The Earth’s exosphere is the outermost layer of our atmosphere that ranges from ~500km altitude (exobase) to the Moon’s orbit. Atomic hydrogen (H) becomes the dominant species above an altitude of ~1500km. The exosphere gains and loses hydrogen atoms as a result of the Sun – solar wind – magnetosphere – upper atmosphere interaction via physical processes like atmospheric upwelling, photoionization, and charge-exchange between neutrals and plasmas. The exosphere links the terrestrial ground atmosphere with the interplanetary space and has important influence on the whole evolutionary history of the Earth’s atmosphere. Study of the hydrogen density distribution and its variation is a key to understanding the past, present, and future of the Earth’s exosphere, its role in Sun – Earth interactions, and the relevance of its physical drivers to other planetary atmospheric escape and evolution.

Due to the lack of in-situ exospheric density measurements, scientists have studied the exosphere using remote sensing observations of solar Lyman-alpha photons resonantly scattered by the Earth’s exospheric hydrogen atoms. Several spacecraft missions provide extensive geocoronal observations from various viewpoints. TIMED covers an optically thick region below 2 Earth Radii (2 RE, ~12,750 km) altitude where a photon experiences multiple scattering due to a dense exosphere. TWINS cover an optically thin region in 2 ~ 7 RE altitude where photon is likely to scatter only once. SOHO and PROCYON cover the global exosphere from their deep space vantage points, but their datasets are limited to just a few images. Recent studies reported that 20 years of soft X-ray observations from the XMM Newton astrophysics missions and 10 years of energetic neutral atom observations from the IBEX heliophysics mission are capable of revealing the exospheric density above 7 RE altitude. Therefore, it is timely to gather scientists with expertise in different parts of the Earth’s exosphere and discuss the exosphere as a complete system.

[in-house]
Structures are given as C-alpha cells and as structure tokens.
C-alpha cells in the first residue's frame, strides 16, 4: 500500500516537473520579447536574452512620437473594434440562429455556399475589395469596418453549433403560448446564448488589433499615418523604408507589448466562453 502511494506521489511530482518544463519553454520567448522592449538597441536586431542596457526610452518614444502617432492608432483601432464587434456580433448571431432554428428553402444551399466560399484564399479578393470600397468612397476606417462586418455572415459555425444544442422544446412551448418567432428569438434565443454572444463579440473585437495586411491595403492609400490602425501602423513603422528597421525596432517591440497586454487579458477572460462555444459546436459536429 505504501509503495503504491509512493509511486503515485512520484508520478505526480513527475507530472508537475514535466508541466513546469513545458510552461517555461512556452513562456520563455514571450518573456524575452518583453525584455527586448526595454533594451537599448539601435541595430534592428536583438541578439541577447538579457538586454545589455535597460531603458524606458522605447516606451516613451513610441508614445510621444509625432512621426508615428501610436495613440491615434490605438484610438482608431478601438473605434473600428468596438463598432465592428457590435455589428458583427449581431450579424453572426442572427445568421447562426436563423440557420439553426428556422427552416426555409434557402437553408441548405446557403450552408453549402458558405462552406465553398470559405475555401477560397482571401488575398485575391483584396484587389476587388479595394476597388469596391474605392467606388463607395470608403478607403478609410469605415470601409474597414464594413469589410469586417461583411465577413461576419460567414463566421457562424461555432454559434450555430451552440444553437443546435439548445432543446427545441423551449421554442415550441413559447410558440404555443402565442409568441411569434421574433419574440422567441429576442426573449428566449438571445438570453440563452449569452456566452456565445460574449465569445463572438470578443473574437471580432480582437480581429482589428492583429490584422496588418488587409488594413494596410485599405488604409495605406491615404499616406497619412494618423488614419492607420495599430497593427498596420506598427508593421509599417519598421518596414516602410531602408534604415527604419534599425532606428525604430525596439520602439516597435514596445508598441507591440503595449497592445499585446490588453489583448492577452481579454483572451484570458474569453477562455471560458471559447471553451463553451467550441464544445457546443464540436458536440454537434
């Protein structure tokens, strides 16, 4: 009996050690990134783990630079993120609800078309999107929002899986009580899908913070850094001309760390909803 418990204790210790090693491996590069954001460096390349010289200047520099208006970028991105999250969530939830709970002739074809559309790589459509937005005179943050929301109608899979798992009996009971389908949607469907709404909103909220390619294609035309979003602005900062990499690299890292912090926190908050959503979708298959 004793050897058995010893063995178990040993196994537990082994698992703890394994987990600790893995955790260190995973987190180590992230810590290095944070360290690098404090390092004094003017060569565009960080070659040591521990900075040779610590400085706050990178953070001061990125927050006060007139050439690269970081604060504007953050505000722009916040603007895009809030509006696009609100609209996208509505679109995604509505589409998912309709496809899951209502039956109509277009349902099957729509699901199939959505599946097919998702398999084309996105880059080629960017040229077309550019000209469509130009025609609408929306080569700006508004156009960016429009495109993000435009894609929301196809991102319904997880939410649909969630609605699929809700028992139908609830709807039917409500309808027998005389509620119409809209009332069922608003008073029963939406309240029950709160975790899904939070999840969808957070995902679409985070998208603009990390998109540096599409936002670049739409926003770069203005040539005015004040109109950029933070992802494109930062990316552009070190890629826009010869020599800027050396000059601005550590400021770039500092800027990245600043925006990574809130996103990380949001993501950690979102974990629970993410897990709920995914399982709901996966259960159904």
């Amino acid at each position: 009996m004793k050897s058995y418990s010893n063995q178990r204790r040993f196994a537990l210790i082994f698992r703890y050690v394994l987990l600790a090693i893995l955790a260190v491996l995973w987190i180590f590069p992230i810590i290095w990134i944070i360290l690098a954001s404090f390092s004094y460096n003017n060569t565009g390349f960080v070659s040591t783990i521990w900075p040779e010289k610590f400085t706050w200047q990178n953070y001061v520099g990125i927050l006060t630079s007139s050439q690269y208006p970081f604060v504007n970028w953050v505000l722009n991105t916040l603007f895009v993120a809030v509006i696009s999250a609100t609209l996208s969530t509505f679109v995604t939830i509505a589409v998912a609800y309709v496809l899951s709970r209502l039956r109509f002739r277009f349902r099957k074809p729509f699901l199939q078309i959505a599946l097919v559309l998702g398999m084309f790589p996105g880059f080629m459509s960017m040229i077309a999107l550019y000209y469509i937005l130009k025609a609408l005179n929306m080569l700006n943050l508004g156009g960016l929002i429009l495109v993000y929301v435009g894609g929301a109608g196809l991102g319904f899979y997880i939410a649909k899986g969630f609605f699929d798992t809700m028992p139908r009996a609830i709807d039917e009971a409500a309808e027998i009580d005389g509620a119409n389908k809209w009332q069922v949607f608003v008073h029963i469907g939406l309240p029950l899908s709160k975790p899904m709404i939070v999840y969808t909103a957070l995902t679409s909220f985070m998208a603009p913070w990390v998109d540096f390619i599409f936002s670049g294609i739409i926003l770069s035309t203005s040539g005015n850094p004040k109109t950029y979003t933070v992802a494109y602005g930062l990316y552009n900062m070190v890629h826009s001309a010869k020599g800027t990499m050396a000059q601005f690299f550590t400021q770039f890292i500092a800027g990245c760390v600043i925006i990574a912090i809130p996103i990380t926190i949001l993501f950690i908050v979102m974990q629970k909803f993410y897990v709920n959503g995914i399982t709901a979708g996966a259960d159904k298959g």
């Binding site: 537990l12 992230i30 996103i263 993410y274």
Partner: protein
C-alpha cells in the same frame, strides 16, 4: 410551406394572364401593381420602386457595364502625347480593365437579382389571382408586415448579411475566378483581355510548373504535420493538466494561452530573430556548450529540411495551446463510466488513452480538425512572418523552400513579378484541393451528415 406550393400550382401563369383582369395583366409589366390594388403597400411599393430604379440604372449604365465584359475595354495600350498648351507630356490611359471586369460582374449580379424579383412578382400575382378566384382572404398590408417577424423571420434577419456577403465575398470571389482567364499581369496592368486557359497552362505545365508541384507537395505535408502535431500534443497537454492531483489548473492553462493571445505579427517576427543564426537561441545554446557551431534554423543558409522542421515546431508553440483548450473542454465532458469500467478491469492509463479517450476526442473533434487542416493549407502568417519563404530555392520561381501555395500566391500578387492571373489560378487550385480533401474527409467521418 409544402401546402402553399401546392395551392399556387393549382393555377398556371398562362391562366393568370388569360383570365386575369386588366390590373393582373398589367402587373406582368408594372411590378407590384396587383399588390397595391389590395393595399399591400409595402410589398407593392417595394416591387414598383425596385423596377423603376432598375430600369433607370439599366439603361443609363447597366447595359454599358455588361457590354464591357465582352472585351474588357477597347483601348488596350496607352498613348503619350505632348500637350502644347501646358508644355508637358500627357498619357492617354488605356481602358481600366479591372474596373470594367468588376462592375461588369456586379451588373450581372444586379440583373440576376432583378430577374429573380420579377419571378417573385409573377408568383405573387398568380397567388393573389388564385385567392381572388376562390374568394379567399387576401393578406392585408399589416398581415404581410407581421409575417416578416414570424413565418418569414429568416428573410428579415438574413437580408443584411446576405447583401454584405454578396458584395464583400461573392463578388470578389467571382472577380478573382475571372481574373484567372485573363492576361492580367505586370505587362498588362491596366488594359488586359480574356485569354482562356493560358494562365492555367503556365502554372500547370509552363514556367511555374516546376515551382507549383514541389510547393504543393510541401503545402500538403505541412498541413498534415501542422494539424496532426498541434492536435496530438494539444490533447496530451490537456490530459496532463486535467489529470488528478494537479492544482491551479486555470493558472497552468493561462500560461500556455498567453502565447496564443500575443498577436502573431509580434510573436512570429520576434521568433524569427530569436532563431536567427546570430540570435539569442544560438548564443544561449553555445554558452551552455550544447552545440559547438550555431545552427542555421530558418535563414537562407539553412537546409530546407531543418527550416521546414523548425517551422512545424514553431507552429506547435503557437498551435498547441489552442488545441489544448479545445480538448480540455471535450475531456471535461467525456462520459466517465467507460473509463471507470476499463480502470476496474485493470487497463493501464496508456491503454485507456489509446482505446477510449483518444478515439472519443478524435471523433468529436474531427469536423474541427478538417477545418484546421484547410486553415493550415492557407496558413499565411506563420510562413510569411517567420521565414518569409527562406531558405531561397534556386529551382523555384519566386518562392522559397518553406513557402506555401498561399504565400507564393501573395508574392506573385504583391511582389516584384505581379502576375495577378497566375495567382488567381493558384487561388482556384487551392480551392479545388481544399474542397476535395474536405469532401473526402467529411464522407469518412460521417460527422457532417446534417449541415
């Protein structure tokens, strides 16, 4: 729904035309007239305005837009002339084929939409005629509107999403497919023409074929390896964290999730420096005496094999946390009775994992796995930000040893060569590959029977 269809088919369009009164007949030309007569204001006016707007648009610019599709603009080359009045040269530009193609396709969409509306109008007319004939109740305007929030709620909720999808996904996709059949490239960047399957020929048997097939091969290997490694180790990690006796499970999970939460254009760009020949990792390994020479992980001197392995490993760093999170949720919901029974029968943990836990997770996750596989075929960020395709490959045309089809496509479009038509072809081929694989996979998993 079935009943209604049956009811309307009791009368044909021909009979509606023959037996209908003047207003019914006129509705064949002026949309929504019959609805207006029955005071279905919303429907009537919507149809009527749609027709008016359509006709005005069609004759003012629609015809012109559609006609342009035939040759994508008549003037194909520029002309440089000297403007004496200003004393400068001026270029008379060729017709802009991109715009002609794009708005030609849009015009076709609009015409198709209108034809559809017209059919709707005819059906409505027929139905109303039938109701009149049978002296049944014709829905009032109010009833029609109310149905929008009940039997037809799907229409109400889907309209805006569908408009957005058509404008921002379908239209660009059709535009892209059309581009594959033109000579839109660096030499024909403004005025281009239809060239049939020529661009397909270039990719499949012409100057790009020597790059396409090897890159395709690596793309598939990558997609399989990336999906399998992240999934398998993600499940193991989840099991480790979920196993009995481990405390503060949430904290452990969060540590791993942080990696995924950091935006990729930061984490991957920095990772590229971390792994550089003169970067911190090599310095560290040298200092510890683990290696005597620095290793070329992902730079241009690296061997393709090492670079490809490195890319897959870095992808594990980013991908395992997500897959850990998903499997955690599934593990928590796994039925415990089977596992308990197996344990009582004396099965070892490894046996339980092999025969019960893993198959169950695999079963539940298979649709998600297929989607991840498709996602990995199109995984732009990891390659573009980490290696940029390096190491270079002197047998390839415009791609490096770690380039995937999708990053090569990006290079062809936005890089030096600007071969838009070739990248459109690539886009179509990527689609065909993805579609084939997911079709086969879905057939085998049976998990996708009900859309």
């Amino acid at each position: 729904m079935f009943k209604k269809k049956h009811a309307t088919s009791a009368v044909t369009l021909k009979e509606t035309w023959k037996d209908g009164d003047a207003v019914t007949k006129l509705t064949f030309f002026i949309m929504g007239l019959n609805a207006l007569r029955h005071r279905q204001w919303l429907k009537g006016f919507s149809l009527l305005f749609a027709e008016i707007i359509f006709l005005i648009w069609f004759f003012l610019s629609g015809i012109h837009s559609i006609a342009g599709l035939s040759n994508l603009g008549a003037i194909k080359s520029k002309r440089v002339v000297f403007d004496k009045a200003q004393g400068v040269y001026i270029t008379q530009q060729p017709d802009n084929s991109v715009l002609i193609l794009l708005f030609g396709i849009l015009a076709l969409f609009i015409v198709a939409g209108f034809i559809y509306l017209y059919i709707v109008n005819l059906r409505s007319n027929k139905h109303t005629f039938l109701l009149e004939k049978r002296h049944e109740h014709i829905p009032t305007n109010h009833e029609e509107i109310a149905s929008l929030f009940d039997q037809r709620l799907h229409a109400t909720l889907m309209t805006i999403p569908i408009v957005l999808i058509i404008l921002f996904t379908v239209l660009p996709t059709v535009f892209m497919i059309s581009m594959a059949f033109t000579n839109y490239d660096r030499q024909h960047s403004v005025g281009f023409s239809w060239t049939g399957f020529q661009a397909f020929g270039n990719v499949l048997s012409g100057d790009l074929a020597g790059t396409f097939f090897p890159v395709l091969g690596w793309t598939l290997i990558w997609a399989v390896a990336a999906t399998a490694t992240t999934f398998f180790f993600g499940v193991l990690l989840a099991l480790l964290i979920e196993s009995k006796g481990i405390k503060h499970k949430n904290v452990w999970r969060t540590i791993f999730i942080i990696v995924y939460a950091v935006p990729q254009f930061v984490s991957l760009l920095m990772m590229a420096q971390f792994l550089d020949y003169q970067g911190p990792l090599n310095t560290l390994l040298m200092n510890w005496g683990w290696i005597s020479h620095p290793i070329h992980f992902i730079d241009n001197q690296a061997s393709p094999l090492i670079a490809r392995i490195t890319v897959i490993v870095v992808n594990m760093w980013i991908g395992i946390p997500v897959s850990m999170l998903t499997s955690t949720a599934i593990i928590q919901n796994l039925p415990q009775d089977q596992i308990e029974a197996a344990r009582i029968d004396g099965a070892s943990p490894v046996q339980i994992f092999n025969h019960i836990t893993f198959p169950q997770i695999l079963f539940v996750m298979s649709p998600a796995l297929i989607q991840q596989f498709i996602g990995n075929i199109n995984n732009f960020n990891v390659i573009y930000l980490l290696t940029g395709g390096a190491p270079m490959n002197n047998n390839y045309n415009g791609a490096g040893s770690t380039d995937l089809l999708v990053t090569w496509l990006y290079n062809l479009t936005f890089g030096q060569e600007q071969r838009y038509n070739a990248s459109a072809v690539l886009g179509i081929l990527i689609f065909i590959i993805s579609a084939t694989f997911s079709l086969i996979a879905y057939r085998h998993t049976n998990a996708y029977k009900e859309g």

By having a one-week meeting per year over a period of two years in Bern, Switzerland, our ISSI team proposes to answer the following science questions:

  1. How is the exospheric hydrogen density (NH) distributed around the Earth?

  2. How and why does the density vary during a solar cycle?

  3. How and why does the density vary during a geomagnetic storm?

We will gather up-to-date understanding of the above questions and improve the currently available empirical NH models by considering space weather impact and/or expanding its spatial coverage. Additionally, we will discuss current gaps in our knowledge and suggest future directions, such as modeling and mission planning, to fill the gaps. After the ISSI activity, our team will publish the results of our discussions in a peer-reviewed journal.